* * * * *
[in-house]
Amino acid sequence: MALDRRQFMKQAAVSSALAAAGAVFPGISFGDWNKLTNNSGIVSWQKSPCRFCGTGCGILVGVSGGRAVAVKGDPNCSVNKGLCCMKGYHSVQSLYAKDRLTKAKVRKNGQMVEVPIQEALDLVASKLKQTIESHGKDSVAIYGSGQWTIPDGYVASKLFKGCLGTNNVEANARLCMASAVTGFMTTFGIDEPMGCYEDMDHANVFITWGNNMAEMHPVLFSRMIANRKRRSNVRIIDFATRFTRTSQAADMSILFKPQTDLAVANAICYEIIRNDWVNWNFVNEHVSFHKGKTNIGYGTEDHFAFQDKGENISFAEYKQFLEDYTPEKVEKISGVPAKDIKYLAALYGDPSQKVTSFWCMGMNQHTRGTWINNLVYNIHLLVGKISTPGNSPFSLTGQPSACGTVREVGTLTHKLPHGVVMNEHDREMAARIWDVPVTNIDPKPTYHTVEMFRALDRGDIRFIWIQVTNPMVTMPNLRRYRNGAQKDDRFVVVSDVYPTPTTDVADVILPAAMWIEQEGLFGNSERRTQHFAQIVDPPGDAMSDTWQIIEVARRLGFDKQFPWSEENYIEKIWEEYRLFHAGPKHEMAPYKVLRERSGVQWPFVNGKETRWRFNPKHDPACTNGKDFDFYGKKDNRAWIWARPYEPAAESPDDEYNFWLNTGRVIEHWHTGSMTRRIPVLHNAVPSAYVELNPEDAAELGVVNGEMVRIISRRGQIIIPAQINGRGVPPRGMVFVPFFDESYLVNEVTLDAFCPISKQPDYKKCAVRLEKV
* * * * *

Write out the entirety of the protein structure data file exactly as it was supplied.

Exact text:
[in-house]
Amino acid sequence: MALDRRQFMKQAAVSSALAAAGAVFPGISFGDWNKLTNNSGIVSWQKSPCRFCGTGCGILVGVSGGRAVAVKGDPNCSVNKGLCCMKGYHSVQSLYAKDRLTKAKVRKNGQMVEVPIQEALDLVASKLKQTIESHGKDSVAIYGSGQWTIPDGYVASKLFKGCLGTNNVEANARLCMASAVTGFMTTFGIDEPMGCYEDMDHANVFITWGNNMAEMHPVLFSRMIANRKRRSNVRIIDFATRFTRTSQAADMSILFKPQTDLAVANAICYEIIRNDWVNWNFVNEHVSFHKGKTNIGYGTEDHFAFQDKGENISFAEYKQFLEDYTPEKVEKISGVPAKDIKYLAALYGDPSQKVTSFWCMGMNQHTRGTWINNLVYNIHLLVGKISTPGNSPFSLTGQPSACGTVREVGTLTHKLPHGVVMNEHDREMAARIWDVPVTNIDPKPTYHTVEMFRALDRGDIRFIWIQVTNPMVTMPNLRRYRNGAQKDDRFVVVSDVYPTPTTDVADVILPAAMWIEQEGLFGNSERRTQHFAQIVDPPGDAMSDTWQIIEVARRLGFDKQFPWSEENYIEKIWEEYRLFHAGPKHEMAPYKVLRERSGVQWPFVNGKETRWRFNPKHDPACTNGKDFDFYGKKDNRAWIWARPYEPAAESPDDEYNFWLNTGRVIEHWHTGSMTRRIPVLHNAVPSAYVELNPEDAAELGVVNGEMVRIISRRGQIIIPAQINGRGVPPRGMVFVPFFDESYLVNEVTLDAFCPISKQPDYKKCAVRLEKV